Electoral College

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Electoral College

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Electoral College
In 1787, the delegates to the Constitutional Convention decided on this particular system for electing the president. The Electoral College is still in effect today, but some adjustments have been made over the years. The electors voted for two candidates at first. The one with the highest number of votes became president. The one with the second-highest number became vice president. In 1796, political foes were chosen for the two posts -- Federalist John Adams for president and Democratic-Republican Thomas Jefferson for vice president.
There was a tie between Thomas Jefferson and Aaron Burr in the next election. The House of Representatives had to decide who would be president. The fact that the system needed to be adjusted was clear. The 12th Amendment to the Constitution was passed in 1804. Candidates are now nominated to run only for president or only for vice president. Electors vote for president and vice president separately.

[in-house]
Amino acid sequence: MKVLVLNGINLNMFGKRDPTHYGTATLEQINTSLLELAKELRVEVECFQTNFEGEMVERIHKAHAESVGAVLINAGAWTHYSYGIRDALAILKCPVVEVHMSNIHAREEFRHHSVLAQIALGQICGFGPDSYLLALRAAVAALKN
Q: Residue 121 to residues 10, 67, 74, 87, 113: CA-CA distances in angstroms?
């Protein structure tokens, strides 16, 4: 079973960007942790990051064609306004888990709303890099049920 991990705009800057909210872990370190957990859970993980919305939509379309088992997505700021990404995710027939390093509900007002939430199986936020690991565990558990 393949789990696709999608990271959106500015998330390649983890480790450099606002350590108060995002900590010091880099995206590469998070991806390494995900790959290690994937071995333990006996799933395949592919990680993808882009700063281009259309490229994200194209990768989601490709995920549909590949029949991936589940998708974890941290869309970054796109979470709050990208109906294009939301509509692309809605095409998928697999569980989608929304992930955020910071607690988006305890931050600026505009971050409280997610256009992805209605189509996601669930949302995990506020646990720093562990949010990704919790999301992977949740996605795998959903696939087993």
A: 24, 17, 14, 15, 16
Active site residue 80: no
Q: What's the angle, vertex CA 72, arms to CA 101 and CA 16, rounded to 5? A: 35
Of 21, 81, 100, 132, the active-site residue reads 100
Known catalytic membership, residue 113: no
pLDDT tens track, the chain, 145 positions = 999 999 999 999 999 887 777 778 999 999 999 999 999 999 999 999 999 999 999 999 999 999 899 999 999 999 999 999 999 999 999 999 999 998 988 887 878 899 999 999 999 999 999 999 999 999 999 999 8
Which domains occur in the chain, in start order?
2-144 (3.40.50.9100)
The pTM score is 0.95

How the states elect electors has changed, too. Some states held direct popular elections for the electors in the beginning. The state legislatures made the choice in other states. All the states gradually adopted direct popular elections for electors.
There were no political parties when the Constitution was written. They soon developed, and the party organizations in each state began proposing a slate, or list, of electors who were pledged to vote for their party's nominee. Voters no longer choose individual electors. Voters choose between party slates.
Political parties want winner-take-all elections for electors. This means that the slate that receives the most popular votes wins all the state's electoral votes. All the states except Maine use this winner-take-all system today.
The 1964 presidential election, Lyndon B. Johnson v. Barry M. Goldwater, was considered one of the top…...

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